Is your mate having a hard time sleeping? Restless? Tired during the day from lack of a good night’s rest? Having vivid dreams? Nightmares? Acting out while dreaming? All on a regular basis? If you are married and find yourself wanting to go to the guest room frequently because your spouse is, how shall I put this, too active in bed? It may be a cause for concern. Sleep disorders can be evidence that something may be going on.

Parkinson’s can snitch your sniffer, so your loved one may not smell things as well or at all. The ability to smell may return for the short-term at random times, though.

PD can also cause a person to drag their foot or have a slight shuffle when they walk.

No one likes people to enter the room and ask, “What’s wrong with you?” But that can happen when early signs of PD show — such as the masked face. What is “masked” face? When the muscles in the face have tightened. Because of this, people with PD have a harder time smiling or showing facial emotion. It’s also been called a stone face — showing no expression. You’ve heard the saying, “Don’t judge a book by its cover.” Well, in PD we say, “Don’t judge the mood by the face.” OK, maybe only I have said that. But it’s true.

Another symptom I struggle(d) with is a soft voice. I have a soft voice to begin with, and getting softer only served to aggravate those around me. It also makes for lousy conversation on the part of the person with PD, as no one hears you participating in the conversation, so you end up being constantly interrupted, never able to finish your sentences. Plus, well, you just don’t feel like talking at all.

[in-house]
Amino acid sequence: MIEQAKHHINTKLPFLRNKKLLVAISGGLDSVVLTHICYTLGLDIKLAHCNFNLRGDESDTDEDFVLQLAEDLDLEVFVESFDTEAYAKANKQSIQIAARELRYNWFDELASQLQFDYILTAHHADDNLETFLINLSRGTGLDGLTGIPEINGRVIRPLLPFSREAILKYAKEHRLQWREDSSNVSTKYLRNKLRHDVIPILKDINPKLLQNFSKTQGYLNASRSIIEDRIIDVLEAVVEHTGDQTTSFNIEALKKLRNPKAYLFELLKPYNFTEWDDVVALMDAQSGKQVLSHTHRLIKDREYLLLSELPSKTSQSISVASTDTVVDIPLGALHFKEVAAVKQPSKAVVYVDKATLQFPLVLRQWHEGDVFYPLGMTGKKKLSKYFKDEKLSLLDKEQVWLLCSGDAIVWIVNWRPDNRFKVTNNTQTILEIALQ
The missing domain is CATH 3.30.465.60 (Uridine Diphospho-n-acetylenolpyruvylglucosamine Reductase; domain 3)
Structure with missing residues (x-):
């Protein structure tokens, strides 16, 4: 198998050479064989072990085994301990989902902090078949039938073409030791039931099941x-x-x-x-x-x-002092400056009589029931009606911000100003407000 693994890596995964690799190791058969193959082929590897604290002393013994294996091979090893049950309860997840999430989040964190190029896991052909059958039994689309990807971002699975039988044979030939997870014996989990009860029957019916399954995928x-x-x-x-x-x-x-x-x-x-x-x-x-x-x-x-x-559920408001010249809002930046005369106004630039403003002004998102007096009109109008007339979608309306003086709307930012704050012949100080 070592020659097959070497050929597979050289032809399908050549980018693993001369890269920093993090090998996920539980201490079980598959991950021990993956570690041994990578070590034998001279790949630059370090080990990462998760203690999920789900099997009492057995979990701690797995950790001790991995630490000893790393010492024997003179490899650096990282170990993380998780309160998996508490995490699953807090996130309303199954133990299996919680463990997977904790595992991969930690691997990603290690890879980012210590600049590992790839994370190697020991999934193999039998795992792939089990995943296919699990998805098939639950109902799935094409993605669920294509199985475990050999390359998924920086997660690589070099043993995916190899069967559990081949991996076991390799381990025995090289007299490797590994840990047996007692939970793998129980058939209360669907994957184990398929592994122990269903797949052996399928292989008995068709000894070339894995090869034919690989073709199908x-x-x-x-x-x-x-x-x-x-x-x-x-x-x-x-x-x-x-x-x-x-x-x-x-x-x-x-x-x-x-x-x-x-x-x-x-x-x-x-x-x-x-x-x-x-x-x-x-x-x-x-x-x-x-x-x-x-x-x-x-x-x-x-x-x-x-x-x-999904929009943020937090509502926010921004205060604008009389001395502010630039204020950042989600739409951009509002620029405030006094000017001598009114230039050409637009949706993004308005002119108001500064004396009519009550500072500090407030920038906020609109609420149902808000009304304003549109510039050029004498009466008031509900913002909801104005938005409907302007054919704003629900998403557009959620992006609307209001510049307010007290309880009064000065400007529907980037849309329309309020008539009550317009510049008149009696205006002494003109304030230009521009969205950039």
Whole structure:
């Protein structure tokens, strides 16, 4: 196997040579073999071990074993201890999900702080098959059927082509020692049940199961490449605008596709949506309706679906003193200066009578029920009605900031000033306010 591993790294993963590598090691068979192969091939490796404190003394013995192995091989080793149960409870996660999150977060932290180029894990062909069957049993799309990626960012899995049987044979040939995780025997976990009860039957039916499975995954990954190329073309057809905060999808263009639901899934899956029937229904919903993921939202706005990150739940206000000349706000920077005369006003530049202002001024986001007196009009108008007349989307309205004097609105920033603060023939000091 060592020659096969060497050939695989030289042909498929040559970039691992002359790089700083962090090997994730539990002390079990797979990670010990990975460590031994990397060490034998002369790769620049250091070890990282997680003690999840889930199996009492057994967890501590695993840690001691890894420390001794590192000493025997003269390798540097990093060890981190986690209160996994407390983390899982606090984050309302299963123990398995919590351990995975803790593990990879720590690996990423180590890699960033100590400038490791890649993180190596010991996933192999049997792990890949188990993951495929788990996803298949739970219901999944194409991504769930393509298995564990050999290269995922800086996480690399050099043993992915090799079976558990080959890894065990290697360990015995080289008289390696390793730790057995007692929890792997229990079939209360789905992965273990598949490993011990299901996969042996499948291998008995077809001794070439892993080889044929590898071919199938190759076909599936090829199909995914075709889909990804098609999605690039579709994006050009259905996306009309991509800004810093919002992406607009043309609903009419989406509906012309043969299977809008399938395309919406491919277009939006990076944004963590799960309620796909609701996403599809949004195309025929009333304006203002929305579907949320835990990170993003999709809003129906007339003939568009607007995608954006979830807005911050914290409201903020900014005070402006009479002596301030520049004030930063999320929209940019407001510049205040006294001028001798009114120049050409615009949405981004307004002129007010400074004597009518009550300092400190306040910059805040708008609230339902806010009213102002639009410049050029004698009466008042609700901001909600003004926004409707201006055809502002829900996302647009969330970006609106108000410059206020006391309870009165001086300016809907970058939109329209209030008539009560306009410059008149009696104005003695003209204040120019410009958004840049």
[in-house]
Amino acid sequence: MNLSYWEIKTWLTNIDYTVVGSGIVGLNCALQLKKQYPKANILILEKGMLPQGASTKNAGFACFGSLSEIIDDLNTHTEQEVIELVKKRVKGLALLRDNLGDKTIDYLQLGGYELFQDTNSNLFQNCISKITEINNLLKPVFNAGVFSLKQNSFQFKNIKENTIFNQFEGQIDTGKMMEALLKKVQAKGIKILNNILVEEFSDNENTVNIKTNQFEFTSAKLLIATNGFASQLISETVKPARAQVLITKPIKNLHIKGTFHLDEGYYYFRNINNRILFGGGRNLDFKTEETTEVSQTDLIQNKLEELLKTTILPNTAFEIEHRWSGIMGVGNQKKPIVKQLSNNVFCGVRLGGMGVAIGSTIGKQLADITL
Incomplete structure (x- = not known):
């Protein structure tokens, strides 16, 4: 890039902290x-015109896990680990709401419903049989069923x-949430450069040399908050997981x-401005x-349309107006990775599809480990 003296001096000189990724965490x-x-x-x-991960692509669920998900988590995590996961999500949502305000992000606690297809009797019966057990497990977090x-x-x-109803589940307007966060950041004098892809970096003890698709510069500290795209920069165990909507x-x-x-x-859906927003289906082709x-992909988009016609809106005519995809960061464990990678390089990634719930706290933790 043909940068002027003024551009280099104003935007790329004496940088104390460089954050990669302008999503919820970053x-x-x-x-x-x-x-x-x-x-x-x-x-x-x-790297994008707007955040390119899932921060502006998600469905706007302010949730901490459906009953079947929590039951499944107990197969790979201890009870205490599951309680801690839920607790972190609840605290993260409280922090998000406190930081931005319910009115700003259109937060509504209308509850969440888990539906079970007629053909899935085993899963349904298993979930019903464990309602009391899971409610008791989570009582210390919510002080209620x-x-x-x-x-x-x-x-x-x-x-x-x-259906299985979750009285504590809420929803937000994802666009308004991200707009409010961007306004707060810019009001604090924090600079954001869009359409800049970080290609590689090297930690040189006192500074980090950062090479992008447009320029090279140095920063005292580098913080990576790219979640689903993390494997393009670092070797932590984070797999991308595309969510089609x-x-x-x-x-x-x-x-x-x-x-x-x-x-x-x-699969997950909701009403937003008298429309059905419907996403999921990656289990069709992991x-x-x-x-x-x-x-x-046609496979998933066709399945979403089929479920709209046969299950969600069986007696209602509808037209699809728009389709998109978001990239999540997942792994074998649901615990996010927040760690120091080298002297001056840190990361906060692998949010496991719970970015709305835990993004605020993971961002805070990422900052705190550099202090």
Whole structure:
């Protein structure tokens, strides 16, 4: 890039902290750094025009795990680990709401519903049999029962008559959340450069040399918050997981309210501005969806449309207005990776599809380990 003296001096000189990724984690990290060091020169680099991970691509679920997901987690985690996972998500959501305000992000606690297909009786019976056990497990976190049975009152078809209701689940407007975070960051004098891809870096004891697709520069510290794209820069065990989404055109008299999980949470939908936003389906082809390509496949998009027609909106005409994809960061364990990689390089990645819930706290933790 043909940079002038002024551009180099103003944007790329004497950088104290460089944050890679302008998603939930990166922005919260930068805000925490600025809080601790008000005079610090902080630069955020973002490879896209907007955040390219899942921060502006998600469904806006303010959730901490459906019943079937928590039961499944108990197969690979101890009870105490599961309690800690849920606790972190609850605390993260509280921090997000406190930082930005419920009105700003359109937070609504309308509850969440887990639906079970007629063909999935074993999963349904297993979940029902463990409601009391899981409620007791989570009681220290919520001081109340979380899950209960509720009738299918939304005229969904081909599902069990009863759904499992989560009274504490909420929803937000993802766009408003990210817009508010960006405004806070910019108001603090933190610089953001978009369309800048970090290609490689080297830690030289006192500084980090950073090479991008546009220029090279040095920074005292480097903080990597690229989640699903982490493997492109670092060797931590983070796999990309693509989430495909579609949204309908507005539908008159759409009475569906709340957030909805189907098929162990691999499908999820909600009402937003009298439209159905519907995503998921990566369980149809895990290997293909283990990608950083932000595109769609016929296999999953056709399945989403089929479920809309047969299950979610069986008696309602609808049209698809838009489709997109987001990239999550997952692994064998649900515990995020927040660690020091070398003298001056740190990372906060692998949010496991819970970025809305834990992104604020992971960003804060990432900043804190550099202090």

It takes several signs/symptoms to make a diagnosis of Parkinson’s disease, and it should be done by a neurologist or a movement disorder specialist. It’s important to remember that everyone lives with PD differently. Some are affected more by tremors, some by stiffness, some by pain, and some deal with it all. And some may have some of the signs, but don’t actually have PD. Don’t make your diagnosis. Ask questions until you are satisfied with the answers, and don’t give up. We’re in this together.

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Note: Parkinson’s News Today is strictly a news and information website about the disease. It does not provide medical advice, diagnosis or treatment. This content is not intended to be a substitute for professional medical advice, diagnosis, or treatment. Always seek the advice of your physician or another qualified health provider with any questions you may have regarding a medical condition. Never disregard professional medical advice or delay in seeking it because of something you have read on this website. The opinions expressed in this column are not those of Parkinson’s News Today or its parent company, BioNews Services, and are intended to spark discussion about issues pertaining to Parkinson’s disease.

The post Noticing the Signs of Parkinson’s Disease in a Loved One appeared first on Parkinson’s News Today.

Source: Parkinson's News Today